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Very spiny, low and spreading habit, with branching near the ground, large orange fruit.
The fruit's juices can be irritating to the touch.
Solanum bahamense is native across the West Indies, from the Florida Keys east to Dominica. It is a common species in coastal habitats, often on calcareous soils.
It grows into a large bushy shrub and has pretty lavender flowers followed by very showy clusters of red fruit, resembling mini cherry tomatoes.
Easy to grow and fast growing.
An evergreen tree growing to 10-15 ft by 10-12 ft at a fast rate. It is hardy to zone 9 and is frost tender. The plant is self-fertile: the scented flowers are hermaphrodite (have both male and female organs) and are pollinated by insects. Tree Tomato performs best at medium to high elevations. It is more popular in the Asiatic Tropics, New Zealand, and the Andean region of South America than in the Caribbean region. Trunk diameter is about 4 inches (10 cm). The large cordate-ovate leaves have a pungent smell. Plants have a shallow spreading root system and resent surface hoeing, they are best given a good mulch. The small, pinkish, fragrant flowers are produced in April or May in short axillary cymes near the ends of the branches. 2-3" fruit is eaten raw or cooked. The flavour can vary considerably from tree to tree, the best forms are juicy and sub-acid, they are eaten out of hand, added to salads, used in preserves, jams, jellies etc. The mature fruits resemble a hen's egg in size and shape and, in the West Indies, ripen from October to January. The 2-carpeled fruits are orange, red, or purple, depending on the variety. Internally the fruit consists of a meaty mesocarp and tomatolike seeds imbedded in a watery pulp. In flavor it is subacid and is generally considered to resemble the garden tomato (Lycopersicon esculentum Mill.). The fruit is most commonly stewed to form a conserve. Unlike the garden tomato, the seeds and skin of the tree tomato should be removed before cooking. The unripe fruit is slightly toxic. The seedlings grow rapidly and generally produce the second year. Plants are subject to attacks by red spider mites, susceptible to nematodes.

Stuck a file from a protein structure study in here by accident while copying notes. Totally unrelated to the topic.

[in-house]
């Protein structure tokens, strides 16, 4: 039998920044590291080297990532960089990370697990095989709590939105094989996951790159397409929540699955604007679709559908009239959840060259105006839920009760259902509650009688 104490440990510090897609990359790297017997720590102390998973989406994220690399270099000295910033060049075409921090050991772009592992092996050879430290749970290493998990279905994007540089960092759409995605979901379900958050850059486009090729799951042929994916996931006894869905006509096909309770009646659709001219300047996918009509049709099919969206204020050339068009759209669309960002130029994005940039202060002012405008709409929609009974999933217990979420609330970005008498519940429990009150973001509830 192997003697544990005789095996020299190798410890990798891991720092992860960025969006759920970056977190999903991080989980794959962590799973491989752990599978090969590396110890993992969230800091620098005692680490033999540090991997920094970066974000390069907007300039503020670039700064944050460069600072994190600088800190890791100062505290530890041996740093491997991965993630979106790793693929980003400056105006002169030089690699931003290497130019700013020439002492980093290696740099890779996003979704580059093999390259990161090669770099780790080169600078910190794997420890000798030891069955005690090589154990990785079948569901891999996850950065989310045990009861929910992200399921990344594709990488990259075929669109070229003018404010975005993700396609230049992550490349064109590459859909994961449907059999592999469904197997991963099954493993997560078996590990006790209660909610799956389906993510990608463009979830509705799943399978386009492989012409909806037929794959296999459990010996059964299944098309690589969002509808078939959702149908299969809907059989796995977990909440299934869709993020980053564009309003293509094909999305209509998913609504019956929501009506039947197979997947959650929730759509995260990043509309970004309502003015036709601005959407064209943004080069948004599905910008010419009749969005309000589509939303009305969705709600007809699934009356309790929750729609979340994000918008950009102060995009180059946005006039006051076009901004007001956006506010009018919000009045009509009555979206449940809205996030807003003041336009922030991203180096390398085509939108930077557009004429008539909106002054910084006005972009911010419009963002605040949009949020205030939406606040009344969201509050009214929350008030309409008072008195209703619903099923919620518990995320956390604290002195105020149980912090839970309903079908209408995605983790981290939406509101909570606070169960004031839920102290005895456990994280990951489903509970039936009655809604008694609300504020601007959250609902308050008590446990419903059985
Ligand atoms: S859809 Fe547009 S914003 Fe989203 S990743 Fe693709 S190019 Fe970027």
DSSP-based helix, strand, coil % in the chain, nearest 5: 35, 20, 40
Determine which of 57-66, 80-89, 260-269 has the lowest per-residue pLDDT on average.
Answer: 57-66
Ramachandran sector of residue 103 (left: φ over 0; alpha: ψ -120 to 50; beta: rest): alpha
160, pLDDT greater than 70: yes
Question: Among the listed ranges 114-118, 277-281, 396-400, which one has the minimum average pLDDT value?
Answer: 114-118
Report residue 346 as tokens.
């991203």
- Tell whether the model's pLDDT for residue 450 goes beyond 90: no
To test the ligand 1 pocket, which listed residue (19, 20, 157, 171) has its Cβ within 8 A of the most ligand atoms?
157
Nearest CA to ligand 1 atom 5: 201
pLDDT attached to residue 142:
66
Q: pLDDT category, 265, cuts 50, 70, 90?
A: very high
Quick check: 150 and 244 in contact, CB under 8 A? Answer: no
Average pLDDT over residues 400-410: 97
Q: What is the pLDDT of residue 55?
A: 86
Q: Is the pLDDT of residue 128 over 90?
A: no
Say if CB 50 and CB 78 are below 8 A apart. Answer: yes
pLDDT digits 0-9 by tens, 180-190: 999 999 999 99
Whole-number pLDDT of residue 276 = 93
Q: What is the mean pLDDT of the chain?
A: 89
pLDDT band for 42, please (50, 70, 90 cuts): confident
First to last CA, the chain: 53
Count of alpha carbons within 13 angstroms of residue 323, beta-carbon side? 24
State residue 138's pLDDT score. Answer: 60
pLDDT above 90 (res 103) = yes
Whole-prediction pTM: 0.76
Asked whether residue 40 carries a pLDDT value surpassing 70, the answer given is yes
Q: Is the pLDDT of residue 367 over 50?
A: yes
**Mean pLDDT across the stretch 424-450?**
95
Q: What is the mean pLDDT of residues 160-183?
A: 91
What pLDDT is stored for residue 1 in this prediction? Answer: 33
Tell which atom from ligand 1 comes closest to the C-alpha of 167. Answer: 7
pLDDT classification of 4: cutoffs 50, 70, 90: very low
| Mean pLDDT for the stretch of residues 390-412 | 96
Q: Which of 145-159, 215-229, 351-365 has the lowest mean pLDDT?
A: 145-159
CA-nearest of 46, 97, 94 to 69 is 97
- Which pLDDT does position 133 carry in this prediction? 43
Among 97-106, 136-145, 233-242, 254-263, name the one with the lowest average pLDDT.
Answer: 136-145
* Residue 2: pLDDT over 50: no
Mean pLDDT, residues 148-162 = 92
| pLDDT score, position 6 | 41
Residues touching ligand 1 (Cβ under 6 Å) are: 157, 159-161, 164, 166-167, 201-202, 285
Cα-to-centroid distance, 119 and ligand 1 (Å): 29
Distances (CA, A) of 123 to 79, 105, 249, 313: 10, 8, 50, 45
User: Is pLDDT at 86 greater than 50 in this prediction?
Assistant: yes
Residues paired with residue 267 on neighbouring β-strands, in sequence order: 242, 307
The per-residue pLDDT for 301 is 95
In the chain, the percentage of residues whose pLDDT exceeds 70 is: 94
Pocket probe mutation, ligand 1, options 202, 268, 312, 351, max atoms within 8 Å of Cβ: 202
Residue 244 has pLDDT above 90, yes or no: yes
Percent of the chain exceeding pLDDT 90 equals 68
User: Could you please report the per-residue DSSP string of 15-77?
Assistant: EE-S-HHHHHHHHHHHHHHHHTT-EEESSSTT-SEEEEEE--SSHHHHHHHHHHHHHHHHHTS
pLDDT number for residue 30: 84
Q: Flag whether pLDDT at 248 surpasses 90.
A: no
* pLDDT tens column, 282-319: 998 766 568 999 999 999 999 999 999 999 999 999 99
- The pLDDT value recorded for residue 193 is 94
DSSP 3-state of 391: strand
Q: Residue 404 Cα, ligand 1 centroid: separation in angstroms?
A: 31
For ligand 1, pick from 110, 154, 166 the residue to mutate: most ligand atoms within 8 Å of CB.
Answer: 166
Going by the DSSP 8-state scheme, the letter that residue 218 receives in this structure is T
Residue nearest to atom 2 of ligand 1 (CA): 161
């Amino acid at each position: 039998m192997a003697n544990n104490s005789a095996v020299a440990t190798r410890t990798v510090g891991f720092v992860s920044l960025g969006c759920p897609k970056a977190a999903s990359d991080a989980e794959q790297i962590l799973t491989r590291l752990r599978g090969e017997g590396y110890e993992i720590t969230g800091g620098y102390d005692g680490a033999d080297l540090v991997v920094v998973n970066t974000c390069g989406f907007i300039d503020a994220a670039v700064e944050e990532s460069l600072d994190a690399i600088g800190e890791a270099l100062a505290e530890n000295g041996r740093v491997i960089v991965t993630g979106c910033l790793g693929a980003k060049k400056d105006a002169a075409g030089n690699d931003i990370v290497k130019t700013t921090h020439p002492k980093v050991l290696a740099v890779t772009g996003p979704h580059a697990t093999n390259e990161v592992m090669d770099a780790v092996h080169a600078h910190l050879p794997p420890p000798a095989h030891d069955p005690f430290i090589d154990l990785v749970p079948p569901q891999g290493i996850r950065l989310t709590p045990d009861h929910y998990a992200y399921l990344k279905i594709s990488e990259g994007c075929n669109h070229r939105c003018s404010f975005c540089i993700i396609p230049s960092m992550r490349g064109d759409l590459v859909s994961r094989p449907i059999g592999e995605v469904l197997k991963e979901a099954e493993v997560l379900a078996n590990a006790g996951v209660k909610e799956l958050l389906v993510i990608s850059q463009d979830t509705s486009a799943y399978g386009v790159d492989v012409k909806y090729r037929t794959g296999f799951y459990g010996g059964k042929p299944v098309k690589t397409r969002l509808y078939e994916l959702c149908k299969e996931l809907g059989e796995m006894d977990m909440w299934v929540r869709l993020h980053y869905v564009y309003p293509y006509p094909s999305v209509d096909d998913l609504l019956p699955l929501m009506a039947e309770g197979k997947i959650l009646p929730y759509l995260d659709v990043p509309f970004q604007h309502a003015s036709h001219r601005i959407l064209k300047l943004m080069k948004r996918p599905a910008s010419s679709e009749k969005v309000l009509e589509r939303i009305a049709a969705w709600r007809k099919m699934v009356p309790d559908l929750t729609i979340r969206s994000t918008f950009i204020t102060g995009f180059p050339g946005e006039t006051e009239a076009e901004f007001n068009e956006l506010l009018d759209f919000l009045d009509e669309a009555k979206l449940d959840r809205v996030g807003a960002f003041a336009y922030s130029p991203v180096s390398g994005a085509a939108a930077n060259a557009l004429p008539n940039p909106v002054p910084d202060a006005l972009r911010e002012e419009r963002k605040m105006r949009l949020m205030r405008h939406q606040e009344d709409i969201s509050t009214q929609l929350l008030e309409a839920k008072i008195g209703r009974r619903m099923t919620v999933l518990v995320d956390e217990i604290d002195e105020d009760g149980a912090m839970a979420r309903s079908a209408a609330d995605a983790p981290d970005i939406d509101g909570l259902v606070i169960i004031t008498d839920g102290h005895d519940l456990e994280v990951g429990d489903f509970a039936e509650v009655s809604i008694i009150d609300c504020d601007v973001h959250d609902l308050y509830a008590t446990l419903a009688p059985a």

Winter cherries are usually planted as winter bedding in pots or window boxes to provide color during the most difficult time of the year. They are perennial though, and make neat little shrubs in a sheltered border. The small white flowers appear continuously from midsummer onwards and while these are fairly insignificant, they are soon followed by fruits about the size of a cherry. These fruits start off green but quickly change color through yellow and orange, to red. Solanum capsicastrum is well worth growing as a single plant in a pot for the patio where it will become an asset for many years. Do not eat the fruit though as they contain toxins. Once planted, ensure the plant always gets adequate supplies of water. Give a feed of fertilizer occasionally to encourage fruit to grow well. An easy plant to look after. This plant is suitable for growing indoors.
Supposedly, the plant described as Solanum pseudocapsicum and called Jerusalem Cherry, Madeira Winter Cherry, or, ambiguously, Winter Cherry is a closely related but distinct species. But these supposed differences are inconsistently given in various horticultural sources, and no botanical source has in recent times distinguished between the two. Indeed, these taxa are now generally held to refer to the same species, and the 'Jerusalem cherry', if it is at all distinguishable, seems to be a chemotype at best, or just a motley collection of cultivars.
Rare plant native only to the U.S. Virgin Islands, growing in seasonally dry, coastal habitat. It is limited to the island of St. John, where there are approximately 190 plants living in the wild. Solanum conocarpum has very large, conical berries that are green at maturity.
A perennial woody shrub, can be shaped into a small standard tree. Leaves are 1-2", dark green and shiny/glossy, come in unequal pairs: one is large and elliptic, the other small and rounded. The drooping white flowers have five recurved petals and stamens with large yellow anthers. The flowers are pollinated by wasps, bees, and flies-the vibration of the wings causes the anthers to release the pollen. The many-seeded berries ripen to yellow-orange. They are very sweet and juicy. The fruit attract sweet-loving insects and birds. Birds eat the berries and are the primary dispersers of the seeds.
This plant is listed as poisonous (like many plants of Solanaceae Family), so it is unknown if the fruit is harmless to humans.
It is cultivated in China and Taiwan as an ornamental and for hedges. Can become invasive in favorable conditions.
Solanum dulcamara is a semi-woody herbaceous perennial vine, which scrambles over other plants, capable of reaching a height of 4 m where suitable support is available, but more often 1-2 m high.
Although fatal human poisonings are rare, several cases have been documented. The red berries are toxic but, fortunately, very bitter so it is implicated in only a handful of accidental poisonings.